These typically include areas like business hours, communication options, response times, payment structures and platforms, Vacation Days, Holidays, and anything that is standard operating procedure for your business.

Step 2 – Use Collaboration Tools

Your current client’s mindset shift puts them wanting to be in driver seat more often. They are looking for wedding day collaborators!

Therefore, you’re likely going to need to create a system for collaborating with your client. They want to send you inspirational images! They want to ask or get an answer to a question as quickly as they can google it.

That’s why setting up a collaboration tool and employing it at the time of onboarding is going to be crucial to meeting the ever-growing expectations of your modern client.

Step 3 – Plan the Process

After you’ve been in business a bit you know there’s a little bit of bull in the saying “Every wedding is unique!” Because they really aren’t!

As the professional, you complete similar – if not the same – tasks each time you work with a new client.

Creating a written process for working with clients provides them with a roadmap of what to expect from you next. It also helps eager couples to understand in what order you’ll be handling tasks and when they should be hearing from you.

Step 4 – Be a Resource

Use your onboarding packet to direct new clients to other helpful information. You know, like the answers to the same 10 questions every single client asks.

Include information about where your clients can find the top 10 first dance songs, your online catalog, or the best outfits for their engagement shoot. This is your chance to say, “Before sending me another email…kindly check these following resources.”

Step 5 – Connect

It isn’t a surprise that the modern client wants to connect with you. We’re a hyper-connected sort these days.

However, you don’t have to connect with them on all platforms. With communication standards set earlier in your onboarding process you can expound on where your clients are permitted to connect with you and the best ways to be reached.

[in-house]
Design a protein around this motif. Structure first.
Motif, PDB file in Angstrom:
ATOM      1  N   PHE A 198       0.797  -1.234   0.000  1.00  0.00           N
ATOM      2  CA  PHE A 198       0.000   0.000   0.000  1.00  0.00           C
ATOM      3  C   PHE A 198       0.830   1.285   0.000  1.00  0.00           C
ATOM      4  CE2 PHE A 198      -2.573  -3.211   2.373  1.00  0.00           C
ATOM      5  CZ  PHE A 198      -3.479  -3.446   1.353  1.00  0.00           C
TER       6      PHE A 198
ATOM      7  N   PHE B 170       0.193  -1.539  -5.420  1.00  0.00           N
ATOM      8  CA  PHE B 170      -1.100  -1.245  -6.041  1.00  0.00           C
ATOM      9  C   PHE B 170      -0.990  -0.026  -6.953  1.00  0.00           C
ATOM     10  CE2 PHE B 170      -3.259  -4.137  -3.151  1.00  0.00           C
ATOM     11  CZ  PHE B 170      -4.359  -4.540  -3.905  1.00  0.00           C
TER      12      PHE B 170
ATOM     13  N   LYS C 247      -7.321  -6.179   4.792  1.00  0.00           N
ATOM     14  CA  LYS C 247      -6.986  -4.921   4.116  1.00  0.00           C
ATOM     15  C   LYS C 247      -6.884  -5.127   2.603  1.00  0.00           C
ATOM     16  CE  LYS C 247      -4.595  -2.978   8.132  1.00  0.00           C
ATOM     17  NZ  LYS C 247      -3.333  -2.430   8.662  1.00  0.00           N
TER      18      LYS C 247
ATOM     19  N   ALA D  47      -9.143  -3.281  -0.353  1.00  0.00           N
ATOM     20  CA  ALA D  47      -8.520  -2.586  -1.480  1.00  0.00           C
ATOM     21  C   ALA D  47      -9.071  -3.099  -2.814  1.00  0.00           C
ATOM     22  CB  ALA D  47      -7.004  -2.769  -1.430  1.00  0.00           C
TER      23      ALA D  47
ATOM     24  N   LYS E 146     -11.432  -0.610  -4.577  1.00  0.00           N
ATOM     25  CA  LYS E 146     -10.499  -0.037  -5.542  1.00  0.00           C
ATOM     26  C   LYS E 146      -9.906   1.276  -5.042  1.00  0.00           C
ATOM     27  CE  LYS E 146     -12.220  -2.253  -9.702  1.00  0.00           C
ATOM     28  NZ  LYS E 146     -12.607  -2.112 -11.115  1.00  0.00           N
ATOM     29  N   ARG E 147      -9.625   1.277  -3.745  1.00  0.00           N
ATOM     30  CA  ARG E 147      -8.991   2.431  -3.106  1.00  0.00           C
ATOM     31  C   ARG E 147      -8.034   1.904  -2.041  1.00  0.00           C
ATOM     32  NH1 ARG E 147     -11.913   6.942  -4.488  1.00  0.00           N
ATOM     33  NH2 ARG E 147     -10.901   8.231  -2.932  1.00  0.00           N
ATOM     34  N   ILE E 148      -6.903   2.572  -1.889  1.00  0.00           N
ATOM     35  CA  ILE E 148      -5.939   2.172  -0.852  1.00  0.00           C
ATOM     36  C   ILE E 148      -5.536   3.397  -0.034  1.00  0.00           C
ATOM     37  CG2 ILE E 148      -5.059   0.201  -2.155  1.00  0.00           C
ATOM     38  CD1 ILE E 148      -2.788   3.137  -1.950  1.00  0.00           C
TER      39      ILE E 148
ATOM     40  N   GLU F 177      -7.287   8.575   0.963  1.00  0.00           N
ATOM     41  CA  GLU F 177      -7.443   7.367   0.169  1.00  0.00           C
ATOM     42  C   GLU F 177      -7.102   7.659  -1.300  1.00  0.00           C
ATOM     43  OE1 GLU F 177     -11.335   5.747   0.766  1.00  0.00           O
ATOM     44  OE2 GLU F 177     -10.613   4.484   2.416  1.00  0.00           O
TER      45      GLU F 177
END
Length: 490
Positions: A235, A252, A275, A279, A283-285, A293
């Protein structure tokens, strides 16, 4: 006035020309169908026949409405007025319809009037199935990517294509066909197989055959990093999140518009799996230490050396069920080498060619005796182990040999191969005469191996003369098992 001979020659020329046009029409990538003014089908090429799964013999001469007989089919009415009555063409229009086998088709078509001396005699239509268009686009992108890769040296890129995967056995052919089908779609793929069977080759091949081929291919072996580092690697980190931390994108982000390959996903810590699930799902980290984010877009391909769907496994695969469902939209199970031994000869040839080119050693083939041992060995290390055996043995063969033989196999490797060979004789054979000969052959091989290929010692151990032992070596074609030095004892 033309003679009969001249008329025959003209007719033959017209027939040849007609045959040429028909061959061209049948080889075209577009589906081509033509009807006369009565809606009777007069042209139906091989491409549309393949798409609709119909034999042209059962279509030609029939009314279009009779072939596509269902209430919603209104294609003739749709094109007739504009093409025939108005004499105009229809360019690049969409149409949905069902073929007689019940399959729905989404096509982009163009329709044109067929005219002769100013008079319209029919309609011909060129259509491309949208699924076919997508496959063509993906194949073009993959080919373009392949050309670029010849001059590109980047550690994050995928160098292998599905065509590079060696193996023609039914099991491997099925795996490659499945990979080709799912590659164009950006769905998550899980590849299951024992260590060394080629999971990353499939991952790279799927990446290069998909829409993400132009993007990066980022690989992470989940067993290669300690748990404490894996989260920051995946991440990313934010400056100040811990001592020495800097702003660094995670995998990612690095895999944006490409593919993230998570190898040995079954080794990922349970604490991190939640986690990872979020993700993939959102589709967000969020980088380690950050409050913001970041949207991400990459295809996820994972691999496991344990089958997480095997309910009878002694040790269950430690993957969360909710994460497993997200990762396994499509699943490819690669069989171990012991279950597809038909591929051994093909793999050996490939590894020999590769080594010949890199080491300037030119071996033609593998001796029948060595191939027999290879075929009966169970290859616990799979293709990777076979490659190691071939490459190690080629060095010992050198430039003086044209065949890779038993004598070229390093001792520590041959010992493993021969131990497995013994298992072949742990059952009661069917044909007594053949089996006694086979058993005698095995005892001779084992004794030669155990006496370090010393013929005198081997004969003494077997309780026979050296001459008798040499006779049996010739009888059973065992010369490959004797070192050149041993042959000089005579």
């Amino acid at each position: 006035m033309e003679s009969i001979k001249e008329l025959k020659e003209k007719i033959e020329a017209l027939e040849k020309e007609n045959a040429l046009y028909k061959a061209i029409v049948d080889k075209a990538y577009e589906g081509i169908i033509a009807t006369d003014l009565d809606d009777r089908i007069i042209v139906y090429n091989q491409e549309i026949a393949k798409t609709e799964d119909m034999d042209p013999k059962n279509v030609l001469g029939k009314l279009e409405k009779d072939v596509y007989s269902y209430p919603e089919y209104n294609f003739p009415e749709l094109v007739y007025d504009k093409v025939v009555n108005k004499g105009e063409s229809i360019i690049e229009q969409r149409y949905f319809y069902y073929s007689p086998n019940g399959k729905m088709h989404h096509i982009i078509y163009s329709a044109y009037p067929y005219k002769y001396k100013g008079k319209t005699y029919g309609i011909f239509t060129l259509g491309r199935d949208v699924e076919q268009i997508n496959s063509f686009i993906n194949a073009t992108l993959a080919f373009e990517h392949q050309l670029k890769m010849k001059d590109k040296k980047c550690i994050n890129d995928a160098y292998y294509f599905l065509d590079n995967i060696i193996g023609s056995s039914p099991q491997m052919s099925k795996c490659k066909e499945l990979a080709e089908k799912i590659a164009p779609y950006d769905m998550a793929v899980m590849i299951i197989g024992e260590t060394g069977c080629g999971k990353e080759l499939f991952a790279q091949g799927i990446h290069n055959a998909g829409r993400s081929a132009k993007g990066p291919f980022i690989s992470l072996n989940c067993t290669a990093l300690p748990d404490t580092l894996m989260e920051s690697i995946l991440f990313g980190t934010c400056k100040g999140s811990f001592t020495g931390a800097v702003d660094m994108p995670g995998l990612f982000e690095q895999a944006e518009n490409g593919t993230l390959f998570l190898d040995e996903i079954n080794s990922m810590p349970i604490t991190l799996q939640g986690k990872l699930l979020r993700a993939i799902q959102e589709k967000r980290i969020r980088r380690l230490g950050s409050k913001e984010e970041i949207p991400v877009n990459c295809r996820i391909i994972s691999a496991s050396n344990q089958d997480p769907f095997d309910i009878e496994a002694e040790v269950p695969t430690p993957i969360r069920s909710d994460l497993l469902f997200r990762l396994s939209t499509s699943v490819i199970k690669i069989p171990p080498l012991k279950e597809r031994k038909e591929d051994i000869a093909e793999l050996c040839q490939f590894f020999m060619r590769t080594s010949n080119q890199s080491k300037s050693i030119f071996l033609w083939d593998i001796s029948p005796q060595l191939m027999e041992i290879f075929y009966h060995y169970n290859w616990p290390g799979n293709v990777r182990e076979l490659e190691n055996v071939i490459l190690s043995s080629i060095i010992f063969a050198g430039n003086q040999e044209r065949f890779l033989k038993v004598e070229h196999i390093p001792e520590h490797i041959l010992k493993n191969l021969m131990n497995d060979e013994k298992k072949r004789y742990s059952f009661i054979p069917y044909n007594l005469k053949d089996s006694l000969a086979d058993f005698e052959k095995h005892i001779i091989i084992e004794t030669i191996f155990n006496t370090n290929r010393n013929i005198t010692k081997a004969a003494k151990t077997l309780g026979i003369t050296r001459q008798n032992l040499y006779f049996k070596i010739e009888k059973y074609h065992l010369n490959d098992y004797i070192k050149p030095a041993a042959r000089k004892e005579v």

This also means that you’ve given them all the options and can without regret turn down their personal Facebook friend request.

Onboarding has become a vital – if not a crucial – step in pleasing the modern couple. By beginning to develop this step in your client’s experience you’ll easily be able to identify and communicate the structures of your business in a simple and concise way.

You’ll begin to see the benefits of a solid onboarding process through time savings, pleased clients, and communication structures that exceed your client’s expectations.

That gets you one step closer to earning the long term referral from your clients.

What onboarding practices do you use?

Kellie Daab, is the owner of iDo Collective and a Wedding Business Architect. She is the creator of The Living Blueprint for Wedding Business Success, an author, and thought leader on client experience for wedding industry professionals. After serving 12 years in the wedding industry, owning a boutique wedding planning and consulting firm, managing high end hospitality, and producing events for a multi-million dollar catering company, Kellie uses her skills to help other wedding professionals identify what’s not working in their business and works together with them to help fix it.  Paper products are her obsession and coffee is her spirit animal. Grab the guide for creating your very own onboarding packet and join the Wedding Industry Opportunities and Collaboration Facebook group here.